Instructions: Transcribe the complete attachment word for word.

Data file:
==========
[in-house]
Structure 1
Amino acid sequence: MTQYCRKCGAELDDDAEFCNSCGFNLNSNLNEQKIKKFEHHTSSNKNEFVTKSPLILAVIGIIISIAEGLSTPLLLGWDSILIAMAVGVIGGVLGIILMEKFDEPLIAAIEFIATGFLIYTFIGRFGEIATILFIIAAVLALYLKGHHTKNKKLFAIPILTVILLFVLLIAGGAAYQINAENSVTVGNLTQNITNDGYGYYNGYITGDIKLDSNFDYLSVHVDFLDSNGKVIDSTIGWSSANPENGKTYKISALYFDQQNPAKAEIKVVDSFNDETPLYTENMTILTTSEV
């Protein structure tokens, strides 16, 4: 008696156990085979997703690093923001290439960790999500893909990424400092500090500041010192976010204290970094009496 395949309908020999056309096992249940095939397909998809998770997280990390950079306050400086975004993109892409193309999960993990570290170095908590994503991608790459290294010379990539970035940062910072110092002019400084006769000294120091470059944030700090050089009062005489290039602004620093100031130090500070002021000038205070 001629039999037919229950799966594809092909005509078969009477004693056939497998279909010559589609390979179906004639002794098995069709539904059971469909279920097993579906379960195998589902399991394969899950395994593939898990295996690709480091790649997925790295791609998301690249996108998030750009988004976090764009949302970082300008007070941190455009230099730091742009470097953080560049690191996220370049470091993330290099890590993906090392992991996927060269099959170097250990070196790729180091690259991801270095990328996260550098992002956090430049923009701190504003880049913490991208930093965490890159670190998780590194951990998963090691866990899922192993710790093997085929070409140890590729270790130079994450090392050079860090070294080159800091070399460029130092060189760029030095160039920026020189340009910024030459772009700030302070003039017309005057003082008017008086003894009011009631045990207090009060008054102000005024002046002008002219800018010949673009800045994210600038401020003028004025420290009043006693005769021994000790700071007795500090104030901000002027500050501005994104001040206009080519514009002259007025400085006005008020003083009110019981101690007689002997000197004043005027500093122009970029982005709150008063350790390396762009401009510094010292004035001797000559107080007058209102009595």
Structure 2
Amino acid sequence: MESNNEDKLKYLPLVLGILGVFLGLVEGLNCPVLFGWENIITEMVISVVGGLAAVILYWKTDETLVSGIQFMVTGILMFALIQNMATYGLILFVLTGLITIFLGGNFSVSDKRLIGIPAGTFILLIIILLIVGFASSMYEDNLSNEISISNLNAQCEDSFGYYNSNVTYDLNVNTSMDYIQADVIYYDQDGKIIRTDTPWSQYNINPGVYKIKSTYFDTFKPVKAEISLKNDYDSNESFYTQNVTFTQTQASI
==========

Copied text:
[in-house]
Structure 1
Amino acid sequence: MTQYCRKCGAELDDDAEFCNSCGFNLNSNLNEQKIKKFEHHTSSNKNEFVTKSPLILAVIGIIISIAEGLSTPLLLGWDSILIAMAVGVIGGVLGIILMEKFDEPLIAAIEFIATGFLIYTFIGRFGEIATILFIIAAVLALYLKGHHTKNKKLFAIPILTVILLFVLLIAGGAAYQINAENSVTVGNLTQNITNDGYGYYNGYITGDIKLDSNFDYLSVHVDFLDSNGKVIDSTIGWSSANPENGKTYKISALYFDQQNPAKAEIKVVDSFNDETPLYTENMTILTTSEV
């Protein structure tokens, strides 16, 4: 008696156990085979997703690093923001290439960790999500893909990424400092500090500041010192976010204290970094009496 395949309908020999056309096992249940095939397909998809998770997280990390950079306050400086975004993109892409193309999960993990570290170095908590994503991608790459290294010379990539970035940062910072110092002019400084006769000294120091470059944030700090050089009062005489290039602004620093100031130090500070002021000038205070 001629039999037919229950799966594809092909005509078969009477004693056939497998279909010559589609390979179906004639002794098995069709539904059971469909279920097993579906379960195998589902399991394969899950395994593939898990295996690709480091790649997925790295791609998301690249996108998030750009988004976090764009949302970082300008007070941190455009230099730091742009470097953080560049690191996220370049470091993330290099890590993906090392992991996927060269099959170097250990070196790729180091690259991801270095990328996260550098992002956090430049923009701190504003880049913490991208930093965490890159670190998780590194951990998963090691866990899922192993710790093997085929070409140890590729270790130079994450090392050079860090070294080159800091070399460029130092060189760029030095160039920026020189340009910024030459772009700030302070003039017309005057003082008017008086003894009011009631045990207090009060008054102000005024002046002008002219800018010949673009800045994210600038401020003028004025420290009043006693005769021994000790700071007795500090104030901000002027500050501005994104001040206009080519514009002259007025400085006005008020003083009110019981101690007689002997000197004043005027500093122009970029982005709150008063350790390396762009401009510094010292004035001797000559107080007058209102009595």
Structure 2
Amino acid sequence: MESNNEDKLKYLPLVLGILGVFLGLVEGLNCPVLFGWENIITEMVISVVGGLAAVILYWKTDETLVSGIQFMVTGILMFALIQNMATYGLILFVLTGLITIFLGGNFSVSDKRLIGIPAGTFILLIIILLIVGFASSMYEDNLSNEISISNLNAQCEDSFGYYNSNVTYDLNVNTSMDYIQADVIYYDQDGKIIRTDTPWSQYNINPGVYKIKSTYFDTFKPVKAEISLKNDYDSNESFYTQNVTFTQTQASI